November 16, 2008

In Total Solidarity with "Billy Elliot"

Standing ovations at the end of a show have become such a given that I usually ignore them. But even I paid attention when people sitting near me and my friend Joy stood up and applauded in the middle of Billy Elliot, the sensational new musical that opened on Thursday at the Imperial Theatre. And they stood up more than once. I didn’t join in until the end but I was just as thrilled as they were. Finally, a show that has good songs, great dancing, an accessible plot, a heartfelt message and a little uplift thrown in.

And it couldn’t have come at a better moment. Billy Elliot is adapted from the 2000 movie of the same title that told t
he story of an 11 year-old miner’s son who discovers that he has an amazing gift for ballet. But what lends the tale extra resonance is that it is set in northern England in 1984, during the year-long strike that coal miners waged to protest then-Prime Minister Margaret Thatcher’s economic policies which included efforts to bust the unions.

The show’s message (most directly expressed in the musical by a jolly Christmas song that talks about longing for the prime minister’s death) is unabashedly liberal and celebrates working people who stick together and the principle that it really does take a village to support a child. Who wouldn’t love
a show like that at a time when our own economic policies suck, the guys running our financial institutions and corporations don’t seem to know what the hell they’re doing and it’s beginning to dawn on all of us that we are part of a global village that really has to pull together if we want to make it through these hard times.

But it’s not just the political message that clicks. This is one of the most out-and-out entertaining musicals to open on Broadway in years.
The music by Elton John is all character-driven and includes stirring anthems, moving ballads, and bouncy music hall romps. Lee Hall smartly adapted his own screenplay for the movie and wrote the lyrics, maintaining the show’s spirit in the transfer. Unlike so many contemporary musicals, Billy Eliot doesn’t strain to be ironic or hip. It’s the kind of musical that Rodgers and Hammerstein might have written if they were still around. And I mean that as a compliment.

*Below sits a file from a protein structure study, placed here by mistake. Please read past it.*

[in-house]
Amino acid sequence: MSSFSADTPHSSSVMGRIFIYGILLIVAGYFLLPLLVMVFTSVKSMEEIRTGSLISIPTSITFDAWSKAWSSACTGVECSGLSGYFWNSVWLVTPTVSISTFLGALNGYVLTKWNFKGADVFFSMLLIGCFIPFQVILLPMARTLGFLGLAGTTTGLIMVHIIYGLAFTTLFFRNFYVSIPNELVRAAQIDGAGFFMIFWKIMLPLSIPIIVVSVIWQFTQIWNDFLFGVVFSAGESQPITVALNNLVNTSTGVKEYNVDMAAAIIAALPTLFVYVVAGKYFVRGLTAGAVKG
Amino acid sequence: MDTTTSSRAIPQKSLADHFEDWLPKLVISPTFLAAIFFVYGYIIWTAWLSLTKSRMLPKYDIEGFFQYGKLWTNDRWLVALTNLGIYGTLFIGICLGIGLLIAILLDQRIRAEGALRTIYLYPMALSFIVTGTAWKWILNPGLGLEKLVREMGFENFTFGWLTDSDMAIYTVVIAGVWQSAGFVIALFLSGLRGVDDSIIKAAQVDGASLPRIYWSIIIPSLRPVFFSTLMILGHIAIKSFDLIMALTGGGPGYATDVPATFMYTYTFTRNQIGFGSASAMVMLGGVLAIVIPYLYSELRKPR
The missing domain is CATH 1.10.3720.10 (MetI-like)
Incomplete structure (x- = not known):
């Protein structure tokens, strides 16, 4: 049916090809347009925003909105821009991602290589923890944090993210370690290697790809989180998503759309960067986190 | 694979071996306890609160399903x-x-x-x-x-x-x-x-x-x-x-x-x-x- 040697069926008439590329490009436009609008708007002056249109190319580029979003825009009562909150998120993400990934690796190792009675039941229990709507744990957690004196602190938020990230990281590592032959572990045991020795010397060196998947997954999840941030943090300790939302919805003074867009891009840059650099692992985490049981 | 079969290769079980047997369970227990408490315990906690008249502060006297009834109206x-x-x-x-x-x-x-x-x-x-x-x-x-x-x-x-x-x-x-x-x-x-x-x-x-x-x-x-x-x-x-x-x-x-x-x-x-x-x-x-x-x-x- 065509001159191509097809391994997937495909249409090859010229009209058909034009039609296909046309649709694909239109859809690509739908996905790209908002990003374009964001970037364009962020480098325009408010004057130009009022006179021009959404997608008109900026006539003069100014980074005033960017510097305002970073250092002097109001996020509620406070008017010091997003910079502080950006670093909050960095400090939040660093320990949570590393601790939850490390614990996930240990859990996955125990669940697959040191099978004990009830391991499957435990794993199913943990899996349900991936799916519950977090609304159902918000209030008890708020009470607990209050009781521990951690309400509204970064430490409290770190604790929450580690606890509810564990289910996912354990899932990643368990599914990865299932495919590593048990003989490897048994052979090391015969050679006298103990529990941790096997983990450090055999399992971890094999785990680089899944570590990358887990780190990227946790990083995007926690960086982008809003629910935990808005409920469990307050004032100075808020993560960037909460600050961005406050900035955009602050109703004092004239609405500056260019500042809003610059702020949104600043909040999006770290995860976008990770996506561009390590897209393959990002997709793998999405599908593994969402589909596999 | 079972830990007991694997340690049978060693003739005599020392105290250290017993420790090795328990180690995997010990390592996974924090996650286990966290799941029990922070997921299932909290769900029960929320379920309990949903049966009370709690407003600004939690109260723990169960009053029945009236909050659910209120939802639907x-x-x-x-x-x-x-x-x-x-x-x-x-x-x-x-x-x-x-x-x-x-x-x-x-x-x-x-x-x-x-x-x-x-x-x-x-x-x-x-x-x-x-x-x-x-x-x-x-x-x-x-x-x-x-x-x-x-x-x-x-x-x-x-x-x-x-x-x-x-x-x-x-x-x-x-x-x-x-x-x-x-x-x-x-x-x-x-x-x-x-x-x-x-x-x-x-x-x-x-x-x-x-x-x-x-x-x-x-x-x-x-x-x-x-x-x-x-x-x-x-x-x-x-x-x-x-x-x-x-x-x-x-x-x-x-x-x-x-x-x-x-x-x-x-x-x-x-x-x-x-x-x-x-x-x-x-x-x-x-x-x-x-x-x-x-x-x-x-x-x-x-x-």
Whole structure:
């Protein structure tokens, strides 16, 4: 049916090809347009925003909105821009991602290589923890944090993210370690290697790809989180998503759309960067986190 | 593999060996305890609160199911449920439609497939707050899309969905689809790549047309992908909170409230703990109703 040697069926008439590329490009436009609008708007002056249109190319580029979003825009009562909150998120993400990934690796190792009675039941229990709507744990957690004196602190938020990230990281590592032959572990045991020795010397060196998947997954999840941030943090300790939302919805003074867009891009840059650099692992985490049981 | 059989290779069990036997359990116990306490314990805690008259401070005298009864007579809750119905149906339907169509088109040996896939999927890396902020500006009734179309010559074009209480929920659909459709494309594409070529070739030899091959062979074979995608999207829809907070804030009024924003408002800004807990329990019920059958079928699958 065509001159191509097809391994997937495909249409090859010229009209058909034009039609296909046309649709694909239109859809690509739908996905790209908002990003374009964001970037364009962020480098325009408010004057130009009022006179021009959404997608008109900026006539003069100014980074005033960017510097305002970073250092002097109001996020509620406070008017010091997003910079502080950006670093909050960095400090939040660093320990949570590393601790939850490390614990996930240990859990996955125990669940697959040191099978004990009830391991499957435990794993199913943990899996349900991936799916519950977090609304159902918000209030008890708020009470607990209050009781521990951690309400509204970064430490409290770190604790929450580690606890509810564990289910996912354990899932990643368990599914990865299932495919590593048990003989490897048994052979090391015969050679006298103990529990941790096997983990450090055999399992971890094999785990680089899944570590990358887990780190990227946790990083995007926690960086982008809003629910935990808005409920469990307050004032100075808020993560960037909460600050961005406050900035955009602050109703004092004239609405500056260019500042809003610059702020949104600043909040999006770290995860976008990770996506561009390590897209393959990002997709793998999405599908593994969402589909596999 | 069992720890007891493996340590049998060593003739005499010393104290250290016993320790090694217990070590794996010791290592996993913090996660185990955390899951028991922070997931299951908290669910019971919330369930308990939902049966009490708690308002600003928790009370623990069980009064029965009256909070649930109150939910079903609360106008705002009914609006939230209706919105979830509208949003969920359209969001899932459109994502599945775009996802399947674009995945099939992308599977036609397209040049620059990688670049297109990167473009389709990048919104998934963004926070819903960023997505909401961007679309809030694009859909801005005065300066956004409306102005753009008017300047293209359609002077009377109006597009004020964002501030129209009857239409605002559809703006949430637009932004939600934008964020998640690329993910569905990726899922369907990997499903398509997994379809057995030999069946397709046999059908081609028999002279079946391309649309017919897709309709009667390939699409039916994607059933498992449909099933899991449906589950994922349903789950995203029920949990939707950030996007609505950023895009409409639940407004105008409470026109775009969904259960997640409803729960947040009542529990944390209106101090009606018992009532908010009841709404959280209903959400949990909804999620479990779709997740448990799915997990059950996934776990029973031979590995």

The movie’s director Stephen Daldry made the transfer too. Daldry is an old-hand at stage work in Britain and on Broadway (he did the Tony-winning 1994 revival of An Inspector Calls, whic
h holds a special place in my heart because it’s the first Broadway show my husband K and I saw when we were courting) and he creates a thoroughly theatrical experience. In fact, have you noticed that much of the most imaginative and innovative stage work these days (The History Boys, Coram Boy, Black Watch, even the current love-it-or-hate-it revival of All My Sons) is coming from Britain?

Most of the early publicity about the show has centered around the three young boys—David Alvarez, Trent Kowalik, Kiril Kulish—who rotate the part of Billy (click here to read the New York Magazine version of the story). And deservedly so. There isn’t a more demanding role on Broadway right now. K and I saw the London production soon after it opened in 2005 (it's still going strong) and although I liked the show, I felt the British performers weren’t up to the skill level I was used to on Broadway. I wondered what
an American cast would do with the show. Now, I know.

Peter Darling’s bravura choreography requires a young dancer who is as precociously gifted as Billy is supposed to be. But the youngster playing the role must also be able to sing, act, imitate a Northen English accent (don’t worry; you’ll understand what the actors are saying) and hold the stage amidst a cast of 45 including veteran scene stealers like Gregory Jbara and Carole Shelley, who play Billy’s father and grandmother, the British actress Haydn Gwynne, who recreates the role she originated as his dance teacher, and a bevy of adorable little-girl ballerinas.

Kulish performed the night I attended and he handled all the tasks with aplomb (click here to see him
perform a number from the show on TV’s “The View”). I couldn’t imagine the other boys being any better. Later in the week my pal Bill, who had also seen Kulish, and I had dinner with Esther of Gratuitous Violins and found she felt much the same way about Kowalik. All of three of us admitted to wanting to see Alvarez, who performed on opening night and drew most of the reviews, but the show doesn’t publish a schedule of which boy will perform on which night and so there’s no surefire way to guarantee who’ll you’ll see when you go.

But you definitely should go. The critics have been nearly as enraptured as the folks in the audience were and the show is a certified hit. With the economy being what it is, tickets are available for most performances and as Billy and his neighbors would tell you, sometimes you have to make a sacrifice for art.


Steve On Broadway (SOB) said...

Glad you enjoyed B&M! It's quite a show. And I've been listening to and enjoying the original cast CD from London since seeing it there three years ago. It gets better with each listen.

Olivia Mullen said...

Yea i am seeing it BE in Feb. and i am thrilled! I am sure David is just as good as Trent and Kiril because of the amazing reveiws from the New York Times.

Janine said...

I love your blog. Thank you for having it. I'm just starting out as a theatre reviewer and it's great to have a blog I can follow that gives me something I can aspire to be. Billy Elliot is defintley a show I am excited about seeing. I have heard amazing things about it from my friends who go to school in New York who have seen it.


jan@broadwayandme said...

Thanks for all the comments and a special welcome to Janine. Let us know where we can read your reviews.